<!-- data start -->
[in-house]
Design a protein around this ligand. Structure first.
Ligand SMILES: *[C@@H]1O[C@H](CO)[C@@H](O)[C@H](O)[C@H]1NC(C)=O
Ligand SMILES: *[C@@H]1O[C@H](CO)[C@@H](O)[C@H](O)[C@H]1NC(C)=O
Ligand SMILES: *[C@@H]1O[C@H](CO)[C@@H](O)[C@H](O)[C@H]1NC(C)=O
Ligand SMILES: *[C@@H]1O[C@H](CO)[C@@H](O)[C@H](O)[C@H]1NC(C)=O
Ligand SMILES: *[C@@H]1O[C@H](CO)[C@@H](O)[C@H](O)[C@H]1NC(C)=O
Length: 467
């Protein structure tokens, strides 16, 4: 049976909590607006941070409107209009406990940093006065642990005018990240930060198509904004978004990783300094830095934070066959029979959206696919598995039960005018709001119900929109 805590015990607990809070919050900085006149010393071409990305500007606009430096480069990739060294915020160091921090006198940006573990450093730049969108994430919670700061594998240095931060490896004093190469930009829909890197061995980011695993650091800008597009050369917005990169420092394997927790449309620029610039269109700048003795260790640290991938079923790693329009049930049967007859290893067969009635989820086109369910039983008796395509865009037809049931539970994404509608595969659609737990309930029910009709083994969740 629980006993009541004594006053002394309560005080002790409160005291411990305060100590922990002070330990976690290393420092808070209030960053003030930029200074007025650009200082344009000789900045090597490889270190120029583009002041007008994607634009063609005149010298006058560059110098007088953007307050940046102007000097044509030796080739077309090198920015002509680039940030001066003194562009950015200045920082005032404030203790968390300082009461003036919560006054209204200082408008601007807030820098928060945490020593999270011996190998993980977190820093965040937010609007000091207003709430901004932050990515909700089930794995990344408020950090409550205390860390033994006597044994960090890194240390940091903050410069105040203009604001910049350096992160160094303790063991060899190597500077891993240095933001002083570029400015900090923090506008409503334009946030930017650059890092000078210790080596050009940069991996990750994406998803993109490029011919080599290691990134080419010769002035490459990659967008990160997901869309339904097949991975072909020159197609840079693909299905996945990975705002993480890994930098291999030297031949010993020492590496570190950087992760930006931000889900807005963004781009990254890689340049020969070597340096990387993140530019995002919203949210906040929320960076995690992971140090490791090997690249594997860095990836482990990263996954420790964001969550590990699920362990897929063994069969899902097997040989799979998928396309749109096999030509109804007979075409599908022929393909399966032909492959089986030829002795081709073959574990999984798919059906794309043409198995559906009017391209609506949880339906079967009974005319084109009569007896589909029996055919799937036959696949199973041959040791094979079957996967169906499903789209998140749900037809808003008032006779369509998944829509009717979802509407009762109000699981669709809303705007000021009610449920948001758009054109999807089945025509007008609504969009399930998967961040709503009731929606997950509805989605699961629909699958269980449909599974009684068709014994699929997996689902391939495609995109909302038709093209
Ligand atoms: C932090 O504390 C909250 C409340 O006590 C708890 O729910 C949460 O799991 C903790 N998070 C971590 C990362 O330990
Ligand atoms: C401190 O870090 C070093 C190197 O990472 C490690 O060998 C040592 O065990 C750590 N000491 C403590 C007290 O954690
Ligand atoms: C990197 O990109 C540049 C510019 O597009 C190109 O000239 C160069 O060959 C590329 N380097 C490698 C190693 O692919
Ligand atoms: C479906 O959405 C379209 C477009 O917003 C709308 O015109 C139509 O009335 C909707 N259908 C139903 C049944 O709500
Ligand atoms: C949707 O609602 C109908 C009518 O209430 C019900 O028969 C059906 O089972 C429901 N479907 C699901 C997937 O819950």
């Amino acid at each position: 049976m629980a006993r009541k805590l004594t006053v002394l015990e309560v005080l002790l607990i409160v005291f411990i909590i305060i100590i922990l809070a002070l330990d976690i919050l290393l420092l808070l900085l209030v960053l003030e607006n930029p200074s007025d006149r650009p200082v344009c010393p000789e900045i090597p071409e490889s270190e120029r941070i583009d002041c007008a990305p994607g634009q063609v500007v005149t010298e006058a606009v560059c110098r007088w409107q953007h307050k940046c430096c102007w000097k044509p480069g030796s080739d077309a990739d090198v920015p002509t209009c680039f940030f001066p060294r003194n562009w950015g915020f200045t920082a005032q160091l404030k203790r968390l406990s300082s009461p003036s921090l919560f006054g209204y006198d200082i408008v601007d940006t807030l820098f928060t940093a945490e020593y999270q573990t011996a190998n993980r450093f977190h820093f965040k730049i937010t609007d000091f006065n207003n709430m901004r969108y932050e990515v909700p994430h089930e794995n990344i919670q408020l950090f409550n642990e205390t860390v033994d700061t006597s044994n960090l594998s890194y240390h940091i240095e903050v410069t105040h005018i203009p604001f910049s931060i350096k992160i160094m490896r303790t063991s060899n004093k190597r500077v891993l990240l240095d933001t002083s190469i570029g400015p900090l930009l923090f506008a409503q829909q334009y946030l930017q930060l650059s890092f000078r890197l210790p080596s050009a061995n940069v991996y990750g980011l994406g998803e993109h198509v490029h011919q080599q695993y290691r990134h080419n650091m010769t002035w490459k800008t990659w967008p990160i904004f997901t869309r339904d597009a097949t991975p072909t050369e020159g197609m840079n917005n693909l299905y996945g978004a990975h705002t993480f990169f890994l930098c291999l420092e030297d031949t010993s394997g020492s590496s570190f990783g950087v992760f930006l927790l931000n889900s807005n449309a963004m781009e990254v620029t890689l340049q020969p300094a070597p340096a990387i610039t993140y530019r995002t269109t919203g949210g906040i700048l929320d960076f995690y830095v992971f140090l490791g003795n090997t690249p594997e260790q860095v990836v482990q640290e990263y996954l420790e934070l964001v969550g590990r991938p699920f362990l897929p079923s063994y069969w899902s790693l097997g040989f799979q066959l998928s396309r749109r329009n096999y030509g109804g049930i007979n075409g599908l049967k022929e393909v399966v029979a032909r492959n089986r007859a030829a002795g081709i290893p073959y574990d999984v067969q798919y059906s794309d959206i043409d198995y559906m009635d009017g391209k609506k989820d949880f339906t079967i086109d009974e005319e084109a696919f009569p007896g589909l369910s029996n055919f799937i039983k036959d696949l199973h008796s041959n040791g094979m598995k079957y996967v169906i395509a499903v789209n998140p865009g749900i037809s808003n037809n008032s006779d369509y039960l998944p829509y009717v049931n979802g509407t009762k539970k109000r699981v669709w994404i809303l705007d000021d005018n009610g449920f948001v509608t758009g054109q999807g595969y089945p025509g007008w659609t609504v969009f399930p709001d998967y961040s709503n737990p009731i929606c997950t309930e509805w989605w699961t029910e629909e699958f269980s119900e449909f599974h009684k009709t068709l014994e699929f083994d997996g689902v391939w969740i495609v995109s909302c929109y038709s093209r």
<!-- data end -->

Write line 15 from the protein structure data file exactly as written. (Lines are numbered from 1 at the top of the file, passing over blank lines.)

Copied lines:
């Amino acid at each position: 049976m629980a006993r009541k805590l004594t006053v002394l015990e309560v005080l002790l607990i409160v005291f411990i909590i305060i100590i922990l809070a002070l330990d976690i919050l290393l420092l808070l900085l209030v960053l003030e607006n930029p200074s007025d006149r650009p200082v344009c010393p000789e900045i090597p071409e490889s270190e120029r941070i583009d002041c007008a990305p994607g634009q063609v500007v005149t010298e006058a606009v560059c110098r007088w409107q953007h307050k940046c430096c102007w000097k044509p480069g030796s080739d077309a990739d090198v920015p002509t209009c680039f940030f001066p060294r003194n562009w950015g915020f200045t920082a005032q160091l404030k203790r968390l406990s300082s009461p003036s921090l919560f006054g209204y006198d200082i408008v601007d940006t807030l820098f928060t940093a945490e020593y999270q573990t011996a190998n993980r450093f977190h820093f965040k730049i937010t609007d000091f006065n207003n709430m901004r969108y932050e990515v909700p994430h089930e794995n990344i919670q408020l950090f409550n642990e205390t860390v033994d700061t006597s044994n960090l594998s890194y240390h940091i240095e903050v410069t105040h005018i203009p604001f910049s931060i350096k992160i160094m490896r303790t063991s060899n004093k190597r500077v891993l990240l240095d933001t002083s190469i570029g400015p900090l930009l923090f506008a409503q829909q334009y946030l930017q930060l650059s890092f000078r890197l210790p080596s050009a061995n940069v991996y990750g980011l994406g998803e993109h198509v490029h011919q080599q695993y290691r990134h080419n650091m010769t002035w490459k800008t990659w967008p990160i904004f997901t869309r339904d597009a097949t991975p072909t050369e020159g197609m840079n917005n693909l299905y996945g978004a990975h705002t993480f990169f890994l930098c291999l420092e030297d031949t010993s394997g020492s590496s570190f990783g950087v992760f930006l927790l931000n889900s807005n449309a963004m781009e990254v620029t890689l340049q020969p300094a070597p340096a990387i610039t993140y530019r995002t269109t919203g949210g906040i700048l929320d960076f995690y830095v992971f140090l490791g003795n090997t690249p594997e260790q860095v990836v482990q640290e990263y996954l420790e934070l964001v969550g590990r991938p699920f362990l897929p079923s063994y069969w899902s790693l097997g040989f799979q066959l998928s396309r749109r329009n096999y030509g109804g049930i007979n075409g599908l049967k022929e393909v399966v029979a032909r492959n089986r007859a030829a002795g081709i290893p073959y574990d999984v067969q798919y059906s794309d959206i043409d198995y559906m009635d009017g391209k609506k989820d949880f339906t079967i086109d009974e005319e084109a696919f009569p007896g589909l369910s029996n055919f799937i039983k036959d696949l199973h008796s041959n040791g094979m598995k079957y996967v169906i395509a499903v789209n998140p865009g749900i037809s808003n037809n008032s006779d369509y039960l998944p829509y009717v049931n979802g509407t009762k539970k109000r699981v669709w994404i809303l705007d000021d005018n009610g449920f948001v509608t758009g054109q999807g595969y089945p025509g007008w659609t609504v969009f399930p709001d998967y961040s709503n737990p009731i929606c997950t309930e509805w989605w699961t029910e629909e699958f269980s119900e449909f599974h009684k009709t068709l014994e699929f083994d997996g689902v391939w969740i495609v995109s909302c929109y038709s093209r």